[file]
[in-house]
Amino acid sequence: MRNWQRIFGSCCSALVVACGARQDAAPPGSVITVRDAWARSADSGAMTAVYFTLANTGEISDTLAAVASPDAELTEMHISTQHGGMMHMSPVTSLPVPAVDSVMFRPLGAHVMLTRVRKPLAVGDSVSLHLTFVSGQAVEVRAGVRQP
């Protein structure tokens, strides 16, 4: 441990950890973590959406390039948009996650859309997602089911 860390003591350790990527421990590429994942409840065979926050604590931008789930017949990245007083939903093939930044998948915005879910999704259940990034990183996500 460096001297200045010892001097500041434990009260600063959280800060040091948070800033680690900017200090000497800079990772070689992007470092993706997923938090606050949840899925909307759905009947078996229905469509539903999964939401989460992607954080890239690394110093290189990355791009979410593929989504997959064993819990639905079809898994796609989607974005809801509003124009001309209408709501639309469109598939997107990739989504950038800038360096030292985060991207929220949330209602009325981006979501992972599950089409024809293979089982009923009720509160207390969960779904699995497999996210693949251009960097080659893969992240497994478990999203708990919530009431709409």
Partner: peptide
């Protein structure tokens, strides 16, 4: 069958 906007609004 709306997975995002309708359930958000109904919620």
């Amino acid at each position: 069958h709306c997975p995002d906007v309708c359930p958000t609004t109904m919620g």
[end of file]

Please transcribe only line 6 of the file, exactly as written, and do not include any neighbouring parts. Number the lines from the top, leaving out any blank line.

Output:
């Amino acid at each position: 069958h709306c997975p995002d906007v309708c359930p958000t609004t109904m919620g």